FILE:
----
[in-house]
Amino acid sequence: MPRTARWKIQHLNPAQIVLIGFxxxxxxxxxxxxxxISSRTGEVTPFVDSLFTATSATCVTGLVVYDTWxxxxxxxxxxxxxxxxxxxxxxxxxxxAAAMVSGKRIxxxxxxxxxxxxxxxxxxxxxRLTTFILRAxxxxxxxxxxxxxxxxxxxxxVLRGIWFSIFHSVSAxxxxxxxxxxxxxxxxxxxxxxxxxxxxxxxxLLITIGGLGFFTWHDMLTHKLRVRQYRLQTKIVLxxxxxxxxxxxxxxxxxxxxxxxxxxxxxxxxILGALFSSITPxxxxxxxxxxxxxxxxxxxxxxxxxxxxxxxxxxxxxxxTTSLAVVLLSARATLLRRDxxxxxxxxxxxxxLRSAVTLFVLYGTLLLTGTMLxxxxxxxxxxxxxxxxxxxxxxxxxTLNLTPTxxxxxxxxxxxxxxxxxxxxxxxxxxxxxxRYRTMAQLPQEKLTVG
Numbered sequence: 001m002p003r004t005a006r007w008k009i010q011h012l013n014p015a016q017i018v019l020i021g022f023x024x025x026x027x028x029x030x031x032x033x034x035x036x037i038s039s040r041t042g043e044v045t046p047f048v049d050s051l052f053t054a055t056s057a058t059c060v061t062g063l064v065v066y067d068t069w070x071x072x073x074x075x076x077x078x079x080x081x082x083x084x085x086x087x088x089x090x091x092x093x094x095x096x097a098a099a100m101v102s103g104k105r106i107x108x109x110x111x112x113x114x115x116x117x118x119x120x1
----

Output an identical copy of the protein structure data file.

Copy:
[in-house]
Amino acid sequence: MPRTARWKIQHLNPAQIVLIGFxxxxxxxxxxxxxxISSRTGEVTPFVDSLFTATSATCVTGLVVYDTWxxxxxxxxxxxxxxxxxxxxxxxxxxxAAAMVSGKRIxxxxxxxxxxxxxxxxxxxxxRLTTFILRAxxxxxxxxxxxxxxxxxxxxxVLRGIWFSIFHSVSAxxxxxxxxxxxxxxxxxxxxxxxxxxxxxxxxLLITIGGLGFFTWHDMLTHKLRVRQYRLQTKIVLxxxxxxxxxxxxxxxxxxxxxxxxxxxxxxxxILGALFSSITPxxxxxxxxxxxxxxxxxxxxxxxxxxxxxxxxxxxxxxxTTSLAVVLLSARATLLRRDxxxxxxxxxxxxxLRSAVTLFVLYGTLLLTGTMLxxxxxxxxxxxxxxxxxxxxxxxxxTLNLTPTxxxxxxxxxxxxxxxxxxxxxxxxxxxxxxRYRTMAQLPQEKLTVG
Numbered sequence: 001m002p003r004t005a006r007w008k009i010q011h012l013n014p015a016q017i018v019l020i021g022f023x024x025x026x027x028x029x030x031x032x033x034x035x036x037i038s039s040r041t042g043e044v045t046p047f048v049d050s051l052f053t054a055t056s057a058t059c060v061t062g063l064v065v066y067d068t069w070x071x072x073x074x075x076x077x078x079x080x081x082x083x084x085x086x087x088x089x090x091x092x093x094x095x096x097a098a099a100m101v102s103g104k105r106i107x108x109x110x111x112x113x114x115x116x117x118x119x120x1